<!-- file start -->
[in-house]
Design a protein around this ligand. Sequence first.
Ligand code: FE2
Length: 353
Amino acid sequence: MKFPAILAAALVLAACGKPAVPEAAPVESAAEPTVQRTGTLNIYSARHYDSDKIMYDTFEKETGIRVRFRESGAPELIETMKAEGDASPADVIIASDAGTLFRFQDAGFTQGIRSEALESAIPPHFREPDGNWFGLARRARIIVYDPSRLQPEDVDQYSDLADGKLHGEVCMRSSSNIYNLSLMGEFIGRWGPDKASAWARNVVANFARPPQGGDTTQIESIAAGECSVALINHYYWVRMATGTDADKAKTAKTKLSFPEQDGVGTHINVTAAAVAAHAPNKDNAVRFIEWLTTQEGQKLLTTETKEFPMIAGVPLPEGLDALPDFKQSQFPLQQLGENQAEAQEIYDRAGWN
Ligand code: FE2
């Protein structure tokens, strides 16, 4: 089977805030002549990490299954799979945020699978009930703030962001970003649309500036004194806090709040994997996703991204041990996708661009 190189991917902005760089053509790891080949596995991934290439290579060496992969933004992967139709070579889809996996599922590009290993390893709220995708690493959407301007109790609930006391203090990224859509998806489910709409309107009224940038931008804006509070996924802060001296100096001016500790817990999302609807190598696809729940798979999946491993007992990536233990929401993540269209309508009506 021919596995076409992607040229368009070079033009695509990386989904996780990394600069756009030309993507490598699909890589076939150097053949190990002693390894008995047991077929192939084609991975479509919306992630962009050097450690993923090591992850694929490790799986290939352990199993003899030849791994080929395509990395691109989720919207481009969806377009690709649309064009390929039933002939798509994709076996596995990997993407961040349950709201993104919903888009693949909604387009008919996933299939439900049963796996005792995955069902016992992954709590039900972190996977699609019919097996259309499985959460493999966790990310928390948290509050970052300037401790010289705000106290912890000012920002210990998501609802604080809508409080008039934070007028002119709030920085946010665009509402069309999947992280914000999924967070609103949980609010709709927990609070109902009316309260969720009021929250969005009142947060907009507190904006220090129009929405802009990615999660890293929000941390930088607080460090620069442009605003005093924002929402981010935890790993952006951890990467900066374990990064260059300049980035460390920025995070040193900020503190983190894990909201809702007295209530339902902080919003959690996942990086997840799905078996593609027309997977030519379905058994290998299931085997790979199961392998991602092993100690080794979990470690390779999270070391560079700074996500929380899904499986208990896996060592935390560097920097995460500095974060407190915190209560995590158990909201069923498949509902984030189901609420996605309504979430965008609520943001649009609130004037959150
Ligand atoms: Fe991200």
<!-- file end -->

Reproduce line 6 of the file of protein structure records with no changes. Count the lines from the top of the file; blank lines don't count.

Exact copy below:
Ligand code: FE2